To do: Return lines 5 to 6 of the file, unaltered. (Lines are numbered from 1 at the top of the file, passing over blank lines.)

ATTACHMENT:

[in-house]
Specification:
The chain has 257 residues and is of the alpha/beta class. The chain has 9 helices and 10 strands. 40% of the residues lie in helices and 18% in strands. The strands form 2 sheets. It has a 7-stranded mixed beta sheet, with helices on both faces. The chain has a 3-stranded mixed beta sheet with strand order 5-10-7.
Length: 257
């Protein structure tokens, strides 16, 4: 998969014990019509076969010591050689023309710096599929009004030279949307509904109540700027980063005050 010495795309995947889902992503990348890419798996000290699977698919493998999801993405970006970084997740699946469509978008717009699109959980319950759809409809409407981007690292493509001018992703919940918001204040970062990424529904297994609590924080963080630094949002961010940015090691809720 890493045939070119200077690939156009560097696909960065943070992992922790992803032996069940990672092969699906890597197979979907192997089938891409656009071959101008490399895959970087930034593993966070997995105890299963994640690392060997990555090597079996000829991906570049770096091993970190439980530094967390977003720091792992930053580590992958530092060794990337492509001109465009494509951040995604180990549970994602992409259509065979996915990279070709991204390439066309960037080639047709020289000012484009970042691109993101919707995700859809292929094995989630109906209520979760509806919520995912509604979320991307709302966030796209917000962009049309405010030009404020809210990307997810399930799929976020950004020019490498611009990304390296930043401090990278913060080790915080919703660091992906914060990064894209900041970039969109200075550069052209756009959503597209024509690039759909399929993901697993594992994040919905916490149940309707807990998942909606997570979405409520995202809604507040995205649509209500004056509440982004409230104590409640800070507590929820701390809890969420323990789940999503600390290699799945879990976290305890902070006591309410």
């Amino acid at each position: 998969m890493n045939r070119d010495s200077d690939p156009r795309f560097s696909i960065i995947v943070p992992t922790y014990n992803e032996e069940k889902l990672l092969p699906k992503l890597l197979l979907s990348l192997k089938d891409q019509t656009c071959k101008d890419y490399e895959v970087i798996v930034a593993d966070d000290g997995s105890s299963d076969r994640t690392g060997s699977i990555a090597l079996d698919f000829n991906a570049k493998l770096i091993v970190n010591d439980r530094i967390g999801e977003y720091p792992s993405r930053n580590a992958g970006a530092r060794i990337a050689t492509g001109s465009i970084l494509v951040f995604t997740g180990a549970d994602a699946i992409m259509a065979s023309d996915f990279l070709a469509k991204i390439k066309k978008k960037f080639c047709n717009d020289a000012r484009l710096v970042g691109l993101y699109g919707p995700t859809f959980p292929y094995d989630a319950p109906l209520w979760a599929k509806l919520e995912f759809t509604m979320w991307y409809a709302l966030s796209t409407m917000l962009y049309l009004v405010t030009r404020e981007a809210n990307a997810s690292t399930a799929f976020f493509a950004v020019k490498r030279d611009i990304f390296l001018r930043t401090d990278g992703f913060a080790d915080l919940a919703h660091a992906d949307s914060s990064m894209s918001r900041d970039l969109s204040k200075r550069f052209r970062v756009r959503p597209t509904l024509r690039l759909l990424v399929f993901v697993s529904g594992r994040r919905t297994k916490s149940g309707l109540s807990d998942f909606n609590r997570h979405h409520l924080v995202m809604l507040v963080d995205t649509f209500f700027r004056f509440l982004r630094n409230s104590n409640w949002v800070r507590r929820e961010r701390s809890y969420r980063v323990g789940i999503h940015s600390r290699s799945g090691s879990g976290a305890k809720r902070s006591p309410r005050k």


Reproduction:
């Protein structure tokens, strides 16, 4: 998969014990019509076969010591050689023309710096599929009004030279949307509904109540700027980063005050 010495795309995947889902992503990348890419798996000290699977698919493998999801993405970006970084997740699946469509978008717009699109959980319950759809409809409407981007690292493509001018992703919940918001204040970062990424529904297994609590924080963080630094949002961010940015090691809720 890493045939070119200077690939156009560097696909960065943070992992922790992803032996069940990672092969699906890597197979979907192997089938891409656009071959101008490399895959970087930034593993966070997995105890299963994640690392060997990555090597079996000829991906570049770096091993970190439980530094967390977003720091792992930053580590992958530092060794990337492509001109465009494509951040995604180990549970994602992409259509065979996915990279070709991204390439066309960037080639047709020289000012484009970042691109993101919707995700859809292929094995989630109906209520979760509806919520995912509604979320991307709302966030796209917000962009049309405010030009404020809210990307997810399930799929976020950004020019490498611009990304390296930043401090990278913060080790915080919703660091992906914060990064894209900041970039969109200075550069052209756009959503597209024509690039759909399929993901697993594992994040919905916490149940309707807990998942909606997570979405409520995202809604507040995205649509209500004056509440982004409230104590409640800070507590929820701390809890969420323990789940999503600390290699799945879990976290305890902070006591309410």
């Amino acid at each position: 998969m890493n045939r070119d010495s200077d690939p156009r795309f560097s696909i960065i995947v943070p992992t922790y014990n992803e032996e069940k889902l990672l092969p699906k992503l890597l197979l979907s990348l192997k089938d891409q019509t656009c071959k101008d890419y490399e895959v970087i798996v930034a593993d966070d000290g997995s105890s299963d076969r994640t690392g060997s699977i990555a090597l079996d698919f000829n991906a570049k493998l770096i091993v970190n010591d439980r530094i967390g999801e977003y720091p792992s993405r930053n580590a992958g970006a530092r060794i990337a050689t492509g001109s465009i970084l494509v951040f995604t997740g180990a549970d994602a699946i992409m259509a065979s023309d996915f990279l070709a469509k991204i390439k066309k978008k960037f080639c047709n717009d020289a000012r484009l710096v970042g691109l993101y699109g919707p995700t859809f959980p292929y094995d989630a319950p109906l209520w979760a599929k509806l919520e995912f759809t509604m979320w991307y409809a709302l966030s796209t409407m917000l962009y049309l009004v405010t030009r404020e981007a809210n990307a997810s690292t399930a799929f976020f493509a950004v020019k490498r030279d611009i990304f390296l001018r930043t401090d990278g992703f913060a080790d915080l919940a919703h660091a992906d949307s914060s990064m894209s918001r900041d970039l969109s204040k200075r550069f052209r970062v756009r959503p597209t509904l024509r690039l759909l990424v399929f993901v697993s529904g594992r994040r919905t297994k916490s149940g309707l109540s807990d998942f909606n609590r997570h979405h409520l924080v995202m809604l507040v963080d995205t649509f209500f700027r004056f509440l982004r630094n409230s104590n409640w949002v800070r507590r929820e961010r701390s809890y969420r980063v323990g789940i999503h940015s600390r290699s799945g090691s879990g976290a305890k809720r902070s006591p309410r005050k």